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Publication numberUS4926437 A
Publication typeGrant
Application numberUS 07/287,773
Publication dateMay 15, 1990
Filing dateDec 21, 1988
Priority dateDec 21, 1988
Fee statusPaid
Publication number07287773, 287773, US 4926437 A, US 4926437A, US-A-4926437, US4926437 A, US4926437A
InventorsCarol M. Ford
Original AssigneeFord Carol M
Export CitationBiBTeX, EndNote, RefMan
External Links: USPTO, USPTO Assignment, Espacenet
Ceramic cathode for ring lasers
US 4926437 A
Abstract
Disclosed is a ceramic cathode for a ring laser gyro comprising a ceramic substantially composed of a material selected from the group consisting of silicon carbide, boron carbide, and boron nitride.
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Claims(6)
The embodiments of an invention in which an exclusive property or right is claimed are defined as follows:
1. A laser generator comprising:
a body for containing a gas;
a electric potential source;
a electrode secured to said body and providing a gas tight seal, said electrode being adapted to be electrically connected to the negative side of said source; and
wherein said electrode is a monolithic body of a sintered powder of a ceramic material substantially composed of a material selected from the group consisting of boron carbide and boron nitride, and mixtures thereof.
2. A ring laser gyro comprising:
a substantially thermally and mechanically stable block having a plurality of interconnected gas containing tunnels forming an optical closed-loop path cavity therein;
at least one anode mounted on said block and in communication with said gas;
a cathode mounted on said block and in communication with said gas, and said cathode is a monolithic body of a sintered powder of a ceramic material substantially composed of a material selected from the group consisting of boron carbide and boron nitride and mixtures thereof.
3. The ceramic cathode of claim 2 wherein said ceramic material includes selected amounts of a metallic element for enhancement of secondary electron emission of said cathode.
4. The ceramic cathode of claim 3 wherein said metallic element is selected from the group consisting of beryllium, platinum, and manganese, and compounds thereof.
5. The ceramic electrode of claim 1 wherein said ceramic material includes selected amounts of a metallic element for enhancement of secondary electron emission of said cathode.
6. The ceramic electrode of claim 5 wherein said metallic element is selected from the group consisting of beryllium, platinum, and manganese, and compounds thereof.
Description
BACKGROUND OF THE INVENTION

The present invention relates generally to ring laser gyros, and more particularly to the cathode construction found in such devices.

A laser typically employs an unheated or cold cathode which is secured to a laser body or housing as a source of electron admission for laser operation. The body of the laser may be composed of glass or glass like materials, generally having low coefficients of thermal expansion. The cathode may be composed of a metal or metal-alloy material, for example aluminum, well known in the art. The cathode is generally secured to the laser body by a gas tight seal, and is adapted to be connected to a negative electric potential source.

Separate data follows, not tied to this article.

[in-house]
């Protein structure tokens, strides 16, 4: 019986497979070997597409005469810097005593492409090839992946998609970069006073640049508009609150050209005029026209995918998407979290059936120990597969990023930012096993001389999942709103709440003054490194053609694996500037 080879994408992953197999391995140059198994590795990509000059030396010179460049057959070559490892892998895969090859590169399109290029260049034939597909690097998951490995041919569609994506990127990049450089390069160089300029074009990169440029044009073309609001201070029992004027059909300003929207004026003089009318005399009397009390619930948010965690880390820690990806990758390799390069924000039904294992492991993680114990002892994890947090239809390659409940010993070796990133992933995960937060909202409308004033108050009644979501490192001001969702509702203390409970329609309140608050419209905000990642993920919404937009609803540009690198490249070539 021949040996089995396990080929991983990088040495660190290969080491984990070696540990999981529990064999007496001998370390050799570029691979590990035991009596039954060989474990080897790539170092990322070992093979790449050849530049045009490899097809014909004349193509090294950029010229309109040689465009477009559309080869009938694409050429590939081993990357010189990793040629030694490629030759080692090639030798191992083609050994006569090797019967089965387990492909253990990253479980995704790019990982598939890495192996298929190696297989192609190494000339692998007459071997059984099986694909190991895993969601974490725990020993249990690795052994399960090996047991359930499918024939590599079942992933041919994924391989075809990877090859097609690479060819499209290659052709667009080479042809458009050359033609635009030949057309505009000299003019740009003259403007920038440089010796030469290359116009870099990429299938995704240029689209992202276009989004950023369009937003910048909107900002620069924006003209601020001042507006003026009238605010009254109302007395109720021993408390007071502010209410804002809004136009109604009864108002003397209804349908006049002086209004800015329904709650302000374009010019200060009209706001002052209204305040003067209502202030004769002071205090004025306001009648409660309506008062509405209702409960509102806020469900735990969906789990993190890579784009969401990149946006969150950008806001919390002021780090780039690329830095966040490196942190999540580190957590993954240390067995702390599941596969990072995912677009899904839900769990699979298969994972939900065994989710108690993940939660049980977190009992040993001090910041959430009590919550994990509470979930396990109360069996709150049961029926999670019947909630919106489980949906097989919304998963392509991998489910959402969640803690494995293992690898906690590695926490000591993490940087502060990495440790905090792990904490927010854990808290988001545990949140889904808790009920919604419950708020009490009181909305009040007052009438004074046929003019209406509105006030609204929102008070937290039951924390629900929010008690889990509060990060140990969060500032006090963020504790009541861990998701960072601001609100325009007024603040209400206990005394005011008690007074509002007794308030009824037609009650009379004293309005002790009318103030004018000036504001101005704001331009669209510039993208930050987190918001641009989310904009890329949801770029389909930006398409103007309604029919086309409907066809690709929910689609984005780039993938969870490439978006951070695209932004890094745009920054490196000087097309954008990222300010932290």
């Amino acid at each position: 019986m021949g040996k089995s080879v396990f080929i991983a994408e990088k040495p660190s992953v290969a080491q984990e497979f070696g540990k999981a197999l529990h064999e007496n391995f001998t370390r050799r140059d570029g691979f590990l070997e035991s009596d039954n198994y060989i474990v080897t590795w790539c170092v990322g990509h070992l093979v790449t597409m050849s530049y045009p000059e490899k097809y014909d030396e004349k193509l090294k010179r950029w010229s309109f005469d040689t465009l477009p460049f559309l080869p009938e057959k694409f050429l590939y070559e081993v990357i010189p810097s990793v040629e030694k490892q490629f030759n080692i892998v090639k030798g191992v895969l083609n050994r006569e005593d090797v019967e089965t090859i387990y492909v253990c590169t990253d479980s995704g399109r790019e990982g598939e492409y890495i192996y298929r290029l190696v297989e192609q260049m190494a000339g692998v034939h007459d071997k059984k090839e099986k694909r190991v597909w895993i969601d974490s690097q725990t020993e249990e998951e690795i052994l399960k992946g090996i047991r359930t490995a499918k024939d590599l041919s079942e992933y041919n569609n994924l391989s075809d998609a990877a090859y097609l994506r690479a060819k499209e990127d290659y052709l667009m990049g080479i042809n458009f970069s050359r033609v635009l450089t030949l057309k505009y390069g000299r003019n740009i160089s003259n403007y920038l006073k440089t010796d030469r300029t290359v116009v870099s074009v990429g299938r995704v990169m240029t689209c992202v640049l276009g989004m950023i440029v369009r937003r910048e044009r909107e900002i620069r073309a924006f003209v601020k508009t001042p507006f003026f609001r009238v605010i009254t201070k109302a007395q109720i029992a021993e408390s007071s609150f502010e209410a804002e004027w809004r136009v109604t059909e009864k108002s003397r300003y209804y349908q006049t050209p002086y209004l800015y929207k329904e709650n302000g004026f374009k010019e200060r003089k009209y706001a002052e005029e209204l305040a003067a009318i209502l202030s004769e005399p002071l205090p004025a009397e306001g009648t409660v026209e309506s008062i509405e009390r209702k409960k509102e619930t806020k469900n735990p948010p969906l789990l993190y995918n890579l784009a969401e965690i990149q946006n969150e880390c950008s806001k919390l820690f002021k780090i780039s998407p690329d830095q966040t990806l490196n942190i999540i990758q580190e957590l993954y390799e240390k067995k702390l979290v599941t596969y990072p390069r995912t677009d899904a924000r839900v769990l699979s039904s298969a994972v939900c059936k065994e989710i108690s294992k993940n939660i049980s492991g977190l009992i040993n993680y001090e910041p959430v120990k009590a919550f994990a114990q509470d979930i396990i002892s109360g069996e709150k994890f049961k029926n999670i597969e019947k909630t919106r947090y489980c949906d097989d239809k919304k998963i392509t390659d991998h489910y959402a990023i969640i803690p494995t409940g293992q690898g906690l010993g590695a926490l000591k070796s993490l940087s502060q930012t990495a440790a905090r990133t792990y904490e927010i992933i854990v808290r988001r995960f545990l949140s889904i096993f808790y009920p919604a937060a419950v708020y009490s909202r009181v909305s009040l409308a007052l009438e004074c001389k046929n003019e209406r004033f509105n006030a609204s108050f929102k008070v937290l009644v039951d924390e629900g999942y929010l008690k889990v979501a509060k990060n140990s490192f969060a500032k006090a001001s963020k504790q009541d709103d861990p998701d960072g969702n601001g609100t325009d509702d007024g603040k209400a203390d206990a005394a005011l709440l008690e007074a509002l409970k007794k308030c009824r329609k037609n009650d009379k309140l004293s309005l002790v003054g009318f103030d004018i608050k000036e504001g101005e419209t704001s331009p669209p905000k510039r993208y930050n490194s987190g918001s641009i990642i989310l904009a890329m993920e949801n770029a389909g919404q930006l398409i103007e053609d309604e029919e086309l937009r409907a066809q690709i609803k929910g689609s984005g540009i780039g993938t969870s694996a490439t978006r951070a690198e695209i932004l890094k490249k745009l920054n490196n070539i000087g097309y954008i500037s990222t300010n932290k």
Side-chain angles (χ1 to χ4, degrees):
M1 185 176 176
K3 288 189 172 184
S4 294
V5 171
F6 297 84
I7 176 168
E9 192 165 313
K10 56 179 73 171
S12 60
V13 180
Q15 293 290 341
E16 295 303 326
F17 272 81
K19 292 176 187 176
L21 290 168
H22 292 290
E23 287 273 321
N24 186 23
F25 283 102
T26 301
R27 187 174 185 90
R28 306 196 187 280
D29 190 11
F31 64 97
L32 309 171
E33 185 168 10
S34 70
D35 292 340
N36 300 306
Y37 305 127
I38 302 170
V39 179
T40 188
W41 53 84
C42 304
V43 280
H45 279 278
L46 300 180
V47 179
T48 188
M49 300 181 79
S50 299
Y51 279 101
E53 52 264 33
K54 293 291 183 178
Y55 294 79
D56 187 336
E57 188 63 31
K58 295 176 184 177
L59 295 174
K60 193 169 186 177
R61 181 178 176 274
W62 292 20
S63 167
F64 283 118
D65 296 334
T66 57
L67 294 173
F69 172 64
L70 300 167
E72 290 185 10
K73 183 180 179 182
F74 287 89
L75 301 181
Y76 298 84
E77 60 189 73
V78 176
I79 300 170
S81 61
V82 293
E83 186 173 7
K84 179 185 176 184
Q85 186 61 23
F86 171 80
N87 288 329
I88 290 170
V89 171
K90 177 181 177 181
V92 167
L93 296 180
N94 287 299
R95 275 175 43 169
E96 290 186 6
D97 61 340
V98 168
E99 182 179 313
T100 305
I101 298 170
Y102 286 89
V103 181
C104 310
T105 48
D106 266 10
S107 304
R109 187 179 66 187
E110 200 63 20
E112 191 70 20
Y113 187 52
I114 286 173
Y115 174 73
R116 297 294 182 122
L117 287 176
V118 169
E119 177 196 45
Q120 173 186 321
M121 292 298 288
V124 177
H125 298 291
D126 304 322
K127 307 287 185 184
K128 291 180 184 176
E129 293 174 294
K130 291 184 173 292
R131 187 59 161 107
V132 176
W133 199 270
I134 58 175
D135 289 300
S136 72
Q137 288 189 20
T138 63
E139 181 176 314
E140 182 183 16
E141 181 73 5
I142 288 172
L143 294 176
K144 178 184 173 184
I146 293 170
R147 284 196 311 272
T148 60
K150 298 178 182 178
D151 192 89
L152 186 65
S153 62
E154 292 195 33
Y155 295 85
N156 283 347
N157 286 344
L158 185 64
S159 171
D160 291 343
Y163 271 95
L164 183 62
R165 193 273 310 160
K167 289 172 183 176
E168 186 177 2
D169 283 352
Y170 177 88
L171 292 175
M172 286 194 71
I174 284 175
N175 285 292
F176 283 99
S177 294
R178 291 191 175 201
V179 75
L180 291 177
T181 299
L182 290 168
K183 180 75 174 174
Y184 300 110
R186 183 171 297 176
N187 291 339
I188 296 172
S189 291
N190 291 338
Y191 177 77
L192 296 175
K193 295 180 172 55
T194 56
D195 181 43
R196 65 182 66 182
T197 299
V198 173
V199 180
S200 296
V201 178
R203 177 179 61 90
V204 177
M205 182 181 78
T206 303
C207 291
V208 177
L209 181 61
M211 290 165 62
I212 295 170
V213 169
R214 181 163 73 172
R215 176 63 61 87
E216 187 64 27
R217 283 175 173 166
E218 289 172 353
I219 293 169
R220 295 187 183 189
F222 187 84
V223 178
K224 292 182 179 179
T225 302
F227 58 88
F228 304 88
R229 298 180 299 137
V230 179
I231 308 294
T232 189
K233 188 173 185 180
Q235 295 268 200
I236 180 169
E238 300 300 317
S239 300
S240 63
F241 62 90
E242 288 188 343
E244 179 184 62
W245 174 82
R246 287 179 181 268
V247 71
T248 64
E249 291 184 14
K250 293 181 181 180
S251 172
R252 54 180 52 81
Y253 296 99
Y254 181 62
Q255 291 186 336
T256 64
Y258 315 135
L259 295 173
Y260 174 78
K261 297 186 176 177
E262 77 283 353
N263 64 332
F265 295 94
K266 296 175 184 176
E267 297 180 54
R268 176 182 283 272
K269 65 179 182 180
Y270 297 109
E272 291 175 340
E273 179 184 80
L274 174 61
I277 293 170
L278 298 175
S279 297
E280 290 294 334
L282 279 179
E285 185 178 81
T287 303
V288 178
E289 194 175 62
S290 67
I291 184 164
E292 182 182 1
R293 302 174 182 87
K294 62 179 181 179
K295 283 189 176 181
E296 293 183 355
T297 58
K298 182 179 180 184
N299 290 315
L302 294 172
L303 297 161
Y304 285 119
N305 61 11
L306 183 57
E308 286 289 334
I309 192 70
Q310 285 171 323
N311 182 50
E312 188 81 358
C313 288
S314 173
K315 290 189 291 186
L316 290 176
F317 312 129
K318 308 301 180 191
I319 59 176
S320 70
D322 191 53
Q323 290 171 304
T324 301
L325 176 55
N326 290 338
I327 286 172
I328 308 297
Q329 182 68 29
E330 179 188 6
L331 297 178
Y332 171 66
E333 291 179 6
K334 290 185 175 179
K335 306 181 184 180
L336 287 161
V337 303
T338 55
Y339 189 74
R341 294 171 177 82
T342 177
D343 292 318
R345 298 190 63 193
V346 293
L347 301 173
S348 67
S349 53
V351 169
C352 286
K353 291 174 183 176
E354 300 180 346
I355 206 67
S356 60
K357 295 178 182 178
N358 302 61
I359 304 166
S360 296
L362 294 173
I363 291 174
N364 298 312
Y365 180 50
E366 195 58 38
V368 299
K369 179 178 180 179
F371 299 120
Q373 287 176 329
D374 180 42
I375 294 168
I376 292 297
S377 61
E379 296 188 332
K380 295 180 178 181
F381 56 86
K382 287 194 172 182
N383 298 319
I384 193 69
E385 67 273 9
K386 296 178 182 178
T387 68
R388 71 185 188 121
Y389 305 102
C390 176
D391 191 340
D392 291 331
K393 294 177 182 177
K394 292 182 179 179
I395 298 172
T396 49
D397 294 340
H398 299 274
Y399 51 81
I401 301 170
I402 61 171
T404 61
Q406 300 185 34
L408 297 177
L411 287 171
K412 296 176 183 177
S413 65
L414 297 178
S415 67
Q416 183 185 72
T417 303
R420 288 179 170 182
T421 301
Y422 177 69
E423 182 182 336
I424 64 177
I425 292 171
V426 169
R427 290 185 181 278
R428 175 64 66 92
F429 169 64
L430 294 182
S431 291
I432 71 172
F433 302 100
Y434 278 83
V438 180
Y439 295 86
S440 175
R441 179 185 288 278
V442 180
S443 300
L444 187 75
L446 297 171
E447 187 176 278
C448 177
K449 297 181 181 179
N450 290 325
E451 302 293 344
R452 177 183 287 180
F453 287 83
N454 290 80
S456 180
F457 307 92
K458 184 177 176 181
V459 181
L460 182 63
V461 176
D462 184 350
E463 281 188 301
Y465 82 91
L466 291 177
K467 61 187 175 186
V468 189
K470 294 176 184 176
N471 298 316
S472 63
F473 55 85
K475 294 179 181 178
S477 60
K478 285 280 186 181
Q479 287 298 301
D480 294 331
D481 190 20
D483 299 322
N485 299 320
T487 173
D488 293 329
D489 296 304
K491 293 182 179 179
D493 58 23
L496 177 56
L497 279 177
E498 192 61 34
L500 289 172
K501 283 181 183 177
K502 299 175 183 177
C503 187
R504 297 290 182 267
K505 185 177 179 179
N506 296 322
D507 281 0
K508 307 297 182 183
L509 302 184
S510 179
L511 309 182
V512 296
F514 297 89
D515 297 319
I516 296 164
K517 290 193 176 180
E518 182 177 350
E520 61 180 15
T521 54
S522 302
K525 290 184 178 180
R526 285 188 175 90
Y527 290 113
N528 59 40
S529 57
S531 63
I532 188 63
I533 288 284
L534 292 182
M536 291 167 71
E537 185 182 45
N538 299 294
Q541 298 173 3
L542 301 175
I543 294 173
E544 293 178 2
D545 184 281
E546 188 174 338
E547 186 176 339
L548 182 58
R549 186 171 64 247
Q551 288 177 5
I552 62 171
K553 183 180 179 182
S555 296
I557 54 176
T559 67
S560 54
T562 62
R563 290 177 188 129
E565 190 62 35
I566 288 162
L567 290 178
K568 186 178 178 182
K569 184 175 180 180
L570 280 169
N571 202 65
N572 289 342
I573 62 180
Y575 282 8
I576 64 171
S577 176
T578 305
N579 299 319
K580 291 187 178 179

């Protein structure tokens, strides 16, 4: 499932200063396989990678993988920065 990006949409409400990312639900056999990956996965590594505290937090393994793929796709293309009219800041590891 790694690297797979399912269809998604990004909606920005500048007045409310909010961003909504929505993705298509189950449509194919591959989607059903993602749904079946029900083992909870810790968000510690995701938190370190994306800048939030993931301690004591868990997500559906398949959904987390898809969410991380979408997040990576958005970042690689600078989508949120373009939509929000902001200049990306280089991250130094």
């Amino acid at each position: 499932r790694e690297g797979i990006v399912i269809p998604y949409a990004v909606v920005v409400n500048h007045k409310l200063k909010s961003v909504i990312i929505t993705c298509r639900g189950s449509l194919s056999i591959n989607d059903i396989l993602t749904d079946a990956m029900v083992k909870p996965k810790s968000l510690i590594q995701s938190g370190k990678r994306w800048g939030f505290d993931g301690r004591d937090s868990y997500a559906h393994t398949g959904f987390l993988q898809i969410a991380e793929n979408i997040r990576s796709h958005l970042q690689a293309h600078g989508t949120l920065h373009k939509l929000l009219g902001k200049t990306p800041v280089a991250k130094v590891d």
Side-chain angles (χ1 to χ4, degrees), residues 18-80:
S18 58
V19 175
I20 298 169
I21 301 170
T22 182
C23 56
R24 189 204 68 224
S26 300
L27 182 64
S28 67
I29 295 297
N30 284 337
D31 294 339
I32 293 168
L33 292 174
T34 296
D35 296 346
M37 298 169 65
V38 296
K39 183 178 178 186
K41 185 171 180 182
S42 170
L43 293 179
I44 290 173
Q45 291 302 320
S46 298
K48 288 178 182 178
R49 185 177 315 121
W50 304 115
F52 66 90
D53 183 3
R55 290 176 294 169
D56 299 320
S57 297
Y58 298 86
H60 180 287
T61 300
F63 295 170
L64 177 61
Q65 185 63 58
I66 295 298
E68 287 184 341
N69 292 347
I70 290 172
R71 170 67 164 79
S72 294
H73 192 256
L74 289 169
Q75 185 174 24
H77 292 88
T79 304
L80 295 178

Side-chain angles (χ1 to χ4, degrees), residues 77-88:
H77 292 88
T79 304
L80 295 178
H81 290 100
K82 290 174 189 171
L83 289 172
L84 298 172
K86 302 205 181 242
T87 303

In gas lasers having a limited gas supply, cathode sputtering is one of the major causes of shortened laser life. In a helium-neon gas laser, positive charged gas ions of the plasma are attracted to the negatively charged cathode, and release negatively charged electrons. Unfortunately, the positively charged ions can dislodge cathode material molecules from the active cathode emitting surface of the cathode. The phenomenon is usually referred to as cathode sputtering. For gas laser applications, cathode sputtering results in decreased laser life. As a result of cathode sputtering, the dislodged cathode material can, in turn, trap lasing gas molecules to the walls of the cathode and the walls of the laser cavity. If the supply of gas is limited, the reduction of available gas ions can cause the lasing acting to cease.

Metallic cathodes, particularly aluminum cathodes, have been widely used in the art for ring lasers. An aluminum cathode generally has the cathode emitting surface coated with a thin layer of oxide to prevent cathode sputtering. During the cathode manufacturing process, a layer of oxide is formed naturally by exposing a cleaned aluminum cathode emitting surface to an oxygen plasma with the aluminum cathode connected as the cathode in an electrical circuit. A thin layer of oxide is formed on the aluminum electron emitting surface due to the pressure of oxygen and oxygen ions hitting the cathode surface.

Aluminum cathodes having the oxide layer have improved laser life over uncoated aluminum due to increasing the resistance to sputtering. This is so since the oxide layer is generally harder than the aluminum. Nevertheless, irregularities in the emitting surface of the cathode can result in localized ion flow which in time breaks down the oxide layer, and begins localized sputtering of the cathode resulting in extinction of the laser.